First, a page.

A Contraceptive Diaphragm or cap is a soft silicone circular dome that can be inserted into the vagina before sex to prevent pregnancy.
It works by covering the cervix so that semen can’t get to the womb to fertilise an egg.
Caps are smaller than diaphragms, but they work in exactly the same way as diaphragms.
Like all contraceptive methods other than condoms, caps and diaphragms do not protect against sexually transmitted infections.
The Contraceptive Diaphragm or cap must be put in before you have sex and must remain in place for at least 6 hours after sex - it should then be removed and washed, it can be reused.
They create a barrier preventing semen from getting to the woman’s egg. You should also use a spermicide (a gel that kills sperm).
The Contraceptive Diaphragm or cap is around 92-96% effective when used correctly, meaning around 4 to 8 in every 100 women who use a diaphragm or cap became pregnant over a 1 year period.
Contraceptive Diaphragms and caps come in different sizes for different people, so you need to be fitted for one by a trained doctor or nurse.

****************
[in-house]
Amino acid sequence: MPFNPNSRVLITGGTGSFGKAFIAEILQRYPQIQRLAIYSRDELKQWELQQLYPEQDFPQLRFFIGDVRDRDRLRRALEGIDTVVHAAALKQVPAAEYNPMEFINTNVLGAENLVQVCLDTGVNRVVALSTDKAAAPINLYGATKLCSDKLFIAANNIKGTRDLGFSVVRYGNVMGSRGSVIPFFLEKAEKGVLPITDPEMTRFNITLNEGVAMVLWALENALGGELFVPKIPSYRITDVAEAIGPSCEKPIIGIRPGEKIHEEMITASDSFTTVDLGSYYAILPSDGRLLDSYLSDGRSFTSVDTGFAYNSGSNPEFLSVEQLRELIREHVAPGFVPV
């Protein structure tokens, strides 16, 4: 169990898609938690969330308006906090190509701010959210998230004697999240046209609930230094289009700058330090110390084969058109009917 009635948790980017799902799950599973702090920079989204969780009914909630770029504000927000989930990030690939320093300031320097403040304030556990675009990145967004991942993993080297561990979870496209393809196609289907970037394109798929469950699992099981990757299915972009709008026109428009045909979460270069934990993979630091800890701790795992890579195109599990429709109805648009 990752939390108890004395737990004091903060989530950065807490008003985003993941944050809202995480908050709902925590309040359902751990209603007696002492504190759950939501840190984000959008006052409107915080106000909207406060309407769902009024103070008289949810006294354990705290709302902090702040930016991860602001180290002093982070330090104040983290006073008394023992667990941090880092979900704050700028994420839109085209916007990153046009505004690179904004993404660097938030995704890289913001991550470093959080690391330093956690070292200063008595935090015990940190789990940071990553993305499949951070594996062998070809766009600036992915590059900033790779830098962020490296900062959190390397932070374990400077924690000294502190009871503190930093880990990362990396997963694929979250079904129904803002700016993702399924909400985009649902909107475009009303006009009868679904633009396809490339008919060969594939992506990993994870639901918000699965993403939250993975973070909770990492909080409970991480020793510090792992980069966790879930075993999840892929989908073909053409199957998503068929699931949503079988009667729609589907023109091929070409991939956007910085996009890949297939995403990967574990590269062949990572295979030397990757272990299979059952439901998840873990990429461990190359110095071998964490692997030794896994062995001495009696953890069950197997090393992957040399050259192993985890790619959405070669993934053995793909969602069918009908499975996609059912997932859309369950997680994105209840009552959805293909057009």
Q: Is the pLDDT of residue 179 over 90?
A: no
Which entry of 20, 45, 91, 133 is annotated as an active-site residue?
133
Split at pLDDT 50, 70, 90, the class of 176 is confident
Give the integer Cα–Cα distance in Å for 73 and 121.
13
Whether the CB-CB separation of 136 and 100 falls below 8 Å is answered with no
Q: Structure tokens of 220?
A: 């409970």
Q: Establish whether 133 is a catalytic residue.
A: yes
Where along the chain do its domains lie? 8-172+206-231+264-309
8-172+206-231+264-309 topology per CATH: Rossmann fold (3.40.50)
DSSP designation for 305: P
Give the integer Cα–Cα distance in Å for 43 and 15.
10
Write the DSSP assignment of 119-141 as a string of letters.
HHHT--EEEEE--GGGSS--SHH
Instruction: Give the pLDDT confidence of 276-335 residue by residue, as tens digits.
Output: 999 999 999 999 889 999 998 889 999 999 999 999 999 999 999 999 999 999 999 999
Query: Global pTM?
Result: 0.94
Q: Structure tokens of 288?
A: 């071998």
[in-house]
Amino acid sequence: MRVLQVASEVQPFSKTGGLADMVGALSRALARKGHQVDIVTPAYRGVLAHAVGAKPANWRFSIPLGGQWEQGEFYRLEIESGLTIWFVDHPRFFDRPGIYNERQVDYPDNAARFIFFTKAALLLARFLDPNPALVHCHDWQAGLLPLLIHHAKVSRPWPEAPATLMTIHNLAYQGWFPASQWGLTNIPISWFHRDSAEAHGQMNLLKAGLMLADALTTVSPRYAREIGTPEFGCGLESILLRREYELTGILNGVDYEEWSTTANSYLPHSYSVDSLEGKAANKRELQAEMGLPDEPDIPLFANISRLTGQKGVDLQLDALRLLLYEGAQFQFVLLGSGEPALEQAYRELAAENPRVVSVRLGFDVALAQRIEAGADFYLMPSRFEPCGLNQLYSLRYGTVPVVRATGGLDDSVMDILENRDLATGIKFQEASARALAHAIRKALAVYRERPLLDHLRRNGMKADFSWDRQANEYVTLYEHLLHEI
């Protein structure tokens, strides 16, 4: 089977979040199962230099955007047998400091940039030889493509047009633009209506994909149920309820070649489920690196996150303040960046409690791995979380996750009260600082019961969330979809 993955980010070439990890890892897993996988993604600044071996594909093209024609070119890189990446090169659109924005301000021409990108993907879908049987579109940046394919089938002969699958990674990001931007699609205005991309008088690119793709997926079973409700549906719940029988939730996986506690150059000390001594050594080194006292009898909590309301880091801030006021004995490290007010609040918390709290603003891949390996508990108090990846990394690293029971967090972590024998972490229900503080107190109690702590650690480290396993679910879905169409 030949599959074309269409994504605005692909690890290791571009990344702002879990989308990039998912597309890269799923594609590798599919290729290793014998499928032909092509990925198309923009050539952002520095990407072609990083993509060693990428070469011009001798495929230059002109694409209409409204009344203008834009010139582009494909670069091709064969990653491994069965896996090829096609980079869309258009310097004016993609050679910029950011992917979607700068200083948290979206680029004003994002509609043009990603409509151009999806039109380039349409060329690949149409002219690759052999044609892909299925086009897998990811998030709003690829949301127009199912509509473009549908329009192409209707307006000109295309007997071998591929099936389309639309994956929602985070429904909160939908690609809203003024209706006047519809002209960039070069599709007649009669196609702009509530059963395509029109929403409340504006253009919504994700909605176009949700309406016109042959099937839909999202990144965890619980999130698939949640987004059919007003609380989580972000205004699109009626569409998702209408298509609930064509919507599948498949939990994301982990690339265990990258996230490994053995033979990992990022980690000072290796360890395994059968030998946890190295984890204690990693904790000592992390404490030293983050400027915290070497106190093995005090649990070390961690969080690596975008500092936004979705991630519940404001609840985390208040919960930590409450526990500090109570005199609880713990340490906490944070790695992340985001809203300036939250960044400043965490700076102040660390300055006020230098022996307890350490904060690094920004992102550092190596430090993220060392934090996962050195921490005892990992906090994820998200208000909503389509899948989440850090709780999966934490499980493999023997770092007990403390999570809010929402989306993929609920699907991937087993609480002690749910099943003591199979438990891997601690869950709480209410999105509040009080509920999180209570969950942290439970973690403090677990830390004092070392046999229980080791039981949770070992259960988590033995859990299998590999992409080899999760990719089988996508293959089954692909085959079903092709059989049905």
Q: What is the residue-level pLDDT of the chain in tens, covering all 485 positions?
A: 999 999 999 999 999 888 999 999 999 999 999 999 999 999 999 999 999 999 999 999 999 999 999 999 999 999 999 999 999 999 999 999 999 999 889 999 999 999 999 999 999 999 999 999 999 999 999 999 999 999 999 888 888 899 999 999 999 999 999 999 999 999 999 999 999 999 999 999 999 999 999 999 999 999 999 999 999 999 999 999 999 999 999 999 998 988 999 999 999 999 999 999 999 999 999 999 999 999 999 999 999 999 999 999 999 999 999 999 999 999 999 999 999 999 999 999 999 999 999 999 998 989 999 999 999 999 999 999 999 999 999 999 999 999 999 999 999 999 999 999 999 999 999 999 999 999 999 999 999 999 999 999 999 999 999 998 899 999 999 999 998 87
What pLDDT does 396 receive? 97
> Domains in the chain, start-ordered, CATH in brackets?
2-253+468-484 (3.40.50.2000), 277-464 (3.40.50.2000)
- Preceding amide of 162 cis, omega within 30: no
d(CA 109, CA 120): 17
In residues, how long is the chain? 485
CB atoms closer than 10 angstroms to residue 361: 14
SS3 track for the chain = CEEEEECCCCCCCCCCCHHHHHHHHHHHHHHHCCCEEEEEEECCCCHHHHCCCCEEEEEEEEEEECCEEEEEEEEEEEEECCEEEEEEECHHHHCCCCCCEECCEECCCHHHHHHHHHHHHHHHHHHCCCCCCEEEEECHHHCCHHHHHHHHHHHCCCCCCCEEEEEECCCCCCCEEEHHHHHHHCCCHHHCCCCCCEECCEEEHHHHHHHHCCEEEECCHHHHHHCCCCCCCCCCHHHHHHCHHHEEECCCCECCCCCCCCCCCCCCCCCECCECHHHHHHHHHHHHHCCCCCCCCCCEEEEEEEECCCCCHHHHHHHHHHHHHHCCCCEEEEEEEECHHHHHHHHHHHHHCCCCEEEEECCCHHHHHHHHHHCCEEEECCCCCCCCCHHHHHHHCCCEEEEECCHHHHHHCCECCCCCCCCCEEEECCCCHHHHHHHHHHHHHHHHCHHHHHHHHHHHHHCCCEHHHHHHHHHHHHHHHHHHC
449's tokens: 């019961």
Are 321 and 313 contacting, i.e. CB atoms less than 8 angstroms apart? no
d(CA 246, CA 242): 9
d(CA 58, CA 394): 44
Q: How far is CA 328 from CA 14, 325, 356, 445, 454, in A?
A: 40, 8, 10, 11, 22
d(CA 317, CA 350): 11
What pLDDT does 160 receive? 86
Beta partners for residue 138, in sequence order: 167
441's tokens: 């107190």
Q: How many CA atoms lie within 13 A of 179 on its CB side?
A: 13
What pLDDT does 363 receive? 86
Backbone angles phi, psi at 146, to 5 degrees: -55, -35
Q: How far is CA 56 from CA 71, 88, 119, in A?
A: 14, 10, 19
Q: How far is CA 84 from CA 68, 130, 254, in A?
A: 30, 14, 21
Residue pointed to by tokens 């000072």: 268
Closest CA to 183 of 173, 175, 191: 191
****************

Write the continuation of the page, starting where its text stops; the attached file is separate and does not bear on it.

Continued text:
You will be shown how to fit it properly, it may take some time and practice before you get used to using it.
You should visit your doctors surgery or sexual health clinic and ask about using a Contraceptive Diaphragm or cap. You can find your nearest sexual health clinic here.
- No major health risks
- Only needs to be used when you have sex
- You’re in control of your contraception
- Needs to be left in for at least 6 hours after sex
- Not as effective as some other methods of contraception
- Takes time to learn how to use it
- Some people find it may interrupt ‘the mood’ when having to pause foreplay to put it in
- Does not protect against sexually transmitted infections (STIs)
- Latex and spermicide can cause irritation
- It takes some time to learn how to use it
- If you lose or gain weight or have a baby or abortion you may need to be fitted for a new sized diaphragm or cap